“People don’t really understand me, so it’s best if I keep my feelings to myself.”
For people with addiction or mental health issues, these thoughts are common. The problems the person faces meld together into a wall, isolating that person from everyone else who might try to help. As therapy progresses and those walls begin to break down, however, the person may still feel a bit isolated. It’s understandable, as it can be hard for family members, as much as they might try, to truly understand what it’s like to live with an addiction or a mental illness. Unless they’ve been through the process on their own, it can be a difficult concept to explain.
That’s why support groups are so very important. Here, the person in treatment can connect with others who really do have the ability to understand. They are going through the exact same process, and they can empathize on a deep and personal level. For people in recovery, these groups can be important tools.
Help in 12-Step Groups
In the field of addiction medicine, 12-step groups such as Alcoholics Anonymous and Narcotics Anonymous are the most instantly recognizable form of support group. They might also be the most well-used form of support group, simply because there are so many of these meetings available throughout the United States. The 12-step model that was originally formulated to help people recover from alcohol addictions has now been expanded to assist with addictions to almost everything, including:
While the structure and format of the meetings can vary dramatically, as there is no oversight of the groups at a national level, most groups encourage members to admit that they’re powerless over their addictions. Rather than trying to control something that isn’t controllable, they’re asked to rely upon the help and intercession of a higher power, that can provide them with the strength and determination that they lack. In 12-step meetings, people are encouraged to discuss their addiction stories, highlighting the problems they faced and how they worked to overcome those problems, and they’re encouraged to work with another member in a close partnership.
The 12-step model has been proven remarkably effective in addressing a wide variety of addictions. For example, a study published in the Journal of Studies on Alcohol and Drugs found that people who participated in therapy and 12-step meetings once they were released from inpatient programs scored higher on measures of sobriety and functionality than people who did not attend meetings or therapy sessions. Multiple studies have replicated this result, which might explain why so many addiction programs include 12-step meetings as part of routine care. Addiction issues seem to respond to this type of therapy. Back to Top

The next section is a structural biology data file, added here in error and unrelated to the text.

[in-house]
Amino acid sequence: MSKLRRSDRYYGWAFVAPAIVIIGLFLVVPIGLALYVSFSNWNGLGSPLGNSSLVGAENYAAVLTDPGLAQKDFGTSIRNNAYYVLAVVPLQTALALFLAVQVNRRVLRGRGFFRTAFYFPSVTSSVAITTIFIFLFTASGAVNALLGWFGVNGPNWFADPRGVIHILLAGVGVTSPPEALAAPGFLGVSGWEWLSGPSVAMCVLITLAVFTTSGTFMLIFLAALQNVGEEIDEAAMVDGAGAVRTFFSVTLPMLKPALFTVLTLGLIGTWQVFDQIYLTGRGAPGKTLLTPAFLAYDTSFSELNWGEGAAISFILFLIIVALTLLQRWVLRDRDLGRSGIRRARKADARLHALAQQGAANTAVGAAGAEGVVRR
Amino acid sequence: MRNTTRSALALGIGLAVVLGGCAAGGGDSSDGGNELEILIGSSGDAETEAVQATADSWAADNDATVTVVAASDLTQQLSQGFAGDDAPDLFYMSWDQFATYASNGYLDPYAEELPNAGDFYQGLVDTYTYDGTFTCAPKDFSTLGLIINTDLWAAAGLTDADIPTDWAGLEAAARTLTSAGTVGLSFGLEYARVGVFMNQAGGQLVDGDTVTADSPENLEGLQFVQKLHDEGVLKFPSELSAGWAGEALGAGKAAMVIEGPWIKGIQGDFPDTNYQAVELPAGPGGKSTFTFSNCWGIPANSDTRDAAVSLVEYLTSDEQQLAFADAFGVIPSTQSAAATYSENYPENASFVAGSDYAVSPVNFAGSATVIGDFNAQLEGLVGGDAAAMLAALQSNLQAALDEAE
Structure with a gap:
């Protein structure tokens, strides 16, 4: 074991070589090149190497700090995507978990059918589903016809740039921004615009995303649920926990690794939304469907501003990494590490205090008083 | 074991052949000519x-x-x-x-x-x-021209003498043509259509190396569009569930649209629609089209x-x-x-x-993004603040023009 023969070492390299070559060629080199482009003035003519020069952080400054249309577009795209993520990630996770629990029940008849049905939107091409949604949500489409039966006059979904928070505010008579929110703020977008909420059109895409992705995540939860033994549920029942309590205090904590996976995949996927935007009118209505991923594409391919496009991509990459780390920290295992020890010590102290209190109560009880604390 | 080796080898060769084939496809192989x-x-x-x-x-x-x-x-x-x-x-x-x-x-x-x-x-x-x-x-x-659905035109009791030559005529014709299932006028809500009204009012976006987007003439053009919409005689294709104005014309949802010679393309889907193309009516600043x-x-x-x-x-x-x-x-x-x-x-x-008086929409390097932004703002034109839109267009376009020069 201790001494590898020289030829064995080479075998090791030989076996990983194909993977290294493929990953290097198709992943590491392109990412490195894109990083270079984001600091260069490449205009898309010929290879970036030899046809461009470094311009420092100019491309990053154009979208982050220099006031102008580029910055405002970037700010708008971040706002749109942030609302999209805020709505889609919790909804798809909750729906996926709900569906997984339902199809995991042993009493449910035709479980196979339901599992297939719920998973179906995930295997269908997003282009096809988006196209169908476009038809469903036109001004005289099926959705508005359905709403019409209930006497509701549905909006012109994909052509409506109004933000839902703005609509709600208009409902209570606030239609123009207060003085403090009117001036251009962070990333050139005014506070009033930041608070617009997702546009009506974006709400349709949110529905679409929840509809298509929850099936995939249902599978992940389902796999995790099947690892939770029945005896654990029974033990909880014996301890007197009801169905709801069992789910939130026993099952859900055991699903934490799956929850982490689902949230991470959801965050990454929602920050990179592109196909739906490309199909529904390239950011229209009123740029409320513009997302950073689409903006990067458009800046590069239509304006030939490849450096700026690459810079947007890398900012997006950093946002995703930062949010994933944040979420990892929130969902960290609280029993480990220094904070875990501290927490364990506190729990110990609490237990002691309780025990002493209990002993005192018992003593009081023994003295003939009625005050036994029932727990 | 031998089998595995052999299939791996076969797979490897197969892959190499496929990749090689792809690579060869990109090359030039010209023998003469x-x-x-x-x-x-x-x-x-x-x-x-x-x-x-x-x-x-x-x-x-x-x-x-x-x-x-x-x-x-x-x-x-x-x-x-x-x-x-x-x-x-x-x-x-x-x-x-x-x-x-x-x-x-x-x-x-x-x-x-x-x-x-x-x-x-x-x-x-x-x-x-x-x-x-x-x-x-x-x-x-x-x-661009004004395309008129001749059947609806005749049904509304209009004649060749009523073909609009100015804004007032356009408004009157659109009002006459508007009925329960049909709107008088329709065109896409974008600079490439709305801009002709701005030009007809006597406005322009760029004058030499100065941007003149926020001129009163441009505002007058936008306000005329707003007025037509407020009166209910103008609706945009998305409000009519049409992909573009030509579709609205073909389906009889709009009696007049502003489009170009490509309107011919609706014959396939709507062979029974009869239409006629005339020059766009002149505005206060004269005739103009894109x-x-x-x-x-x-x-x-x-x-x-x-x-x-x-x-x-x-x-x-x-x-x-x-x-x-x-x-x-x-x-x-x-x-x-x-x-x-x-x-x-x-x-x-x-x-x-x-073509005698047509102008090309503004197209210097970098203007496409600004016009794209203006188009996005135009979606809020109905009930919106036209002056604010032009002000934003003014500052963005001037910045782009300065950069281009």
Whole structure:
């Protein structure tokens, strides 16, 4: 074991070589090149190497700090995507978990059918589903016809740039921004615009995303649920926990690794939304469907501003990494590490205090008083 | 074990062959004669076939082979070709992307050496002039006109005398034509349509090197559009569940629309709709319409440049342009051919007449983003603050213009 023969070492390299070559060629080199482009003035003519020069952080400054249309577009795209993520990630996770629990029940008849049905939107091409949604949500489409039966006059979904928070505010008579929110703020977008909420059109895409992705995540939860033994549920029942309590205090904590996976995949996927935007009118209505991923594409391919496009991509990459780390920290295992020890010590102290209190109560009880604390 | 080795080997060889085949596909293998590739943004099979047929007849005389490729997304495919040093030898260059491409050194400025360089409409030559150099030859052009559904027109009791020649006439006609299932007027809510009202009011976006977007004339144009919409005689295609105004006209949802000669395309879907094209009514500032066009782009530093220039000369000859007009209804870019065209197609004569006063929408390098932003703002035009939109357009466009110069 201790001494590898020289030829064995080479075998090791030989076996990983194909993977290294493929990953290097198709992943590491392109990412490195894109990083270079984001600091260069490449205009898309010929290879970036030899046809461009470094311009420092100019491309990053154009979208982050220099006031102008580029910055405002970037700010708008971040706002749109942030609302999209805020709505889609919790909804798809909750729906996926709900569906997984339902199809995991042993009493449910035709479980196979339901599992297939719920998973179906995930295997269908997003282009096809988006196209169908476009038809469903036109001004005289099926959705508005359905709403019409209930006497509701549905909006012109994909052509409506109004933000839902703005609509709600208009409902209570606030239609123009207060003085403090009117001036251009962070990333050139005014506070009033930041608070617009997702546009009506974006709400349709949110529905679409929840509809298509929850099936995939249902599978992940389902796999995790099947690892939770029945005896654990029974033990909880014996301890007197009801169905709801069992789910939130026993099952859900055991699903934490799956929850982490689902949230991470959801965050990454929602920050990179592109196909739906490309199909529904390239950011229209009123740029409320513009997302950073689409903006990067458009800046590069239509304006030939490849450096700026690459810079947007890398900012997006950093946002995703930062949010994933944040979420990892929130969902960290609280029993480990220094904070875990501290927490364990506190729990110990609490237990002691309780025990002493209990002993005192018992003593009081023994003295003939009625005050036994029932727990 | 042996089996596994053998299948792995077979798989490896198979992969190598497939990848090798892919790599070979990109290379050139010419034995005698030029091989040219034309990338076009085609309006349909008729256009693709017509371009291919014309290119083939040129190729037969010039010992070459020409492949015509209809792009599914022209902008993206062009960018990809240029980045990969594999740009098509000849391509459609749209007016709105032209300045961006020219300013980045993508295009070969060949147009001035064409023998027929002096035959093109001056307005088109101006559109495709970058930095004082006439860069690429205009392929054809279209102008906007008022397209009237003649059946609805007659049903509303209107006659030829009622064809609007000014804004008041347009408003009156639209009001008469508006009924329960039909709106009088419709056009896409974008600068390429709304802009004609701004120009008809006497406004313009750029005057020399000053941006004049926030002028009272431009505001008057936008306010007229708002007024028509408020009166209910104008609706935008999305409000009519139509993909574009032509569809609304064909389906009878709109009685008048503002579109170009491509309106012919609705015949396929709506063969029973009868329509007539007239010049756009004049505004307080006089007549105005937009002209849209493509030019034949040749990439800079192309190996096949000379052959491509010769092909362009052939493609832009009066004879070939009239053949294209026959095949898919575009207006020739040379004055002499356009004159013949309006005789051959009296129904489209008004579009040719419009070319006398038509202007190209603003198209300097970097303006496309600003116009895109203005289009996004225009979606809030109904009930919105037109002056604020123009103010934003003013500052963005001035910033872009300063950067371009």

While the 12-step model might be the most familiar form of addiction support group, it isn’t the only option available. In fact, an alternate form of support group known as SMART Recovery, has been gaining popularity, and many meetings are held across the country using this format. In the SMART Recovery model, the idea of helplessness is tackled directly. Instead of implying that a person in recovery is helpless over the addiction and that only the intercession of a higher power can reverse the trend, the SMART Recovery model suggests that addicts need to pick up a specific toolkit that they can use when times are tough. By using these specific tools, taught in SMART Recovery books and then reiterated in meetings, addicts can learn to control cravings and keep a relapse from occurring.
One such tool, as described on the SMART Recovery website, is known as ABC. Here, the person is encouraged to identify the following:
Activating event. What happened? What would a photograph of the act look like?
Belief. When the event occurred, what did the person’s inner voice say?
Consequence. What did the person do, and how did the person feel?
The person can then dispute the irrational. Is the belief really true? What other actions could the person take?
This technique is remarkably similar to the techniques therapists use in Cognitive Behavioral Therapy sessions. The person learns to identify an issue, change thinking about that issue and then act differently as a result. This typifies the sort of thinking used in SMART Recovery programs. The person learns to tap into inner power, using scientifically based methods that can influence behavior. Back to Top
The LifeRing model is an alternative approach to both the SMART Recovery and 12-step models. Meetings are still used in LifeRing, and people must be motivated to live a sober lifestyle in order to attend, but the approach is slightly tailored.